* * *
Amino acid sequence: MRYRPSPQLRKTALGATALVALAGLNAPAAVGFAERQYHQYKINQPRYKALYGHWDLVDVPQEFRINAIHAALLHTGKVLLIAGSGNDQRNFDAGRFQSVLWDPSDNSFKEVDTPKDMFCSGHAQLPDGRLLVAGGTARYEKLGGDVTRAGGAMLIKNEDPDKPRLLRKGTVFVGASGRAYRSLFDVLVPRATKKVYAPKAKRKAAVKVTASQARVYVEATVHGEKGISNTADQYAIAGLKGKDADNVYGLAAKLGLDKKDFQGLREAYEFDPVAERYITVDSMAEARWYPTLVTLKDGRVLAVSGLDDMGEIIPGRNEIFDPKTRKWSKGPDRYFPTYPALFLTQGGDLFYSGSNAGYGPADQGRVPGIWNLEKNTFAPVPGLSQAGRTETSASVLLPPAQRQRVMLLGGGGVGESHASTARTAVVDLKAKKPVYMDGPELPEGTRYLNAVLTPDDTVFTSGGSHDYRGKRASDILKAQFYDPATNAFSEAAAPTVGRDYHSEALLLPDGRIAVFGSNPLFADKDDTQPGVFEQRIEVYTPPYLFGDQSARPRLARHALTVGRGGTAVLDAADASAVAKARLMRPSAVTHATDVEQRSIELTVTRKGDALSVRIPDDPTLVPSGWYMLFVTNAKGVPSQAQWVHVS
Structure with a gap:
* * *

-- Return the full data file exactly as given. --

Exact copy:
Amino acid sequence: MRYRPSPQLRKTALGATALVALAGLNAPAAVGFAERQYHQYKINQPRYKALYGHWDLVDVPQEFRINAIHAALLHTGKVLLIAGSGNDQRNFDAGRFQSVLWDPSDNSFKEVDTPKDMFCSGHAQLPDGRLLVAGGTARYEKLGGDVTRAGGAMLIKNEDPDKPRLLRKGTVFVGASGRAYRSLFDVLVPRATKKVYAPKAKRKAAVKVTASQARVYVEATVHGEKGISNTADQYAIAGLKGKDADNVYGLAAKLGLDKKDFQGLREAYEFDPVAERYITVDSMAEARWYPTLVTLKDGRVLAVSGLDDMGEIIPGRNEIFDPKTRKWSKGPDRYFPTYPALFLTQGGDLFYSGSNAGYGPADQGRVPGIWNLEKNTFAPVPGLSQAGRTETSASVLLPPAQRQRVMLLGGGGVGESHASTARTAVVDLKAKKPVYMDGPELPEGTRYLNAVLTPDDTVFTSGGSHDYRGKRASDILKAQFYDPATNAFSEAAAPTVGRDYHSEALLLPDGRIAVFGSNPLFADKDDTQPGVFEQRIEVYTPPYLFGDQSARPRLARHALTVGRGGTAVLDAADASAVAKARLMRPSAVTHATDVEQRSIELTVTRKGDALSVRIPDDPTLVPSGWYMLFVTNAKGVPSQAQWVHVS
Structure with a gap: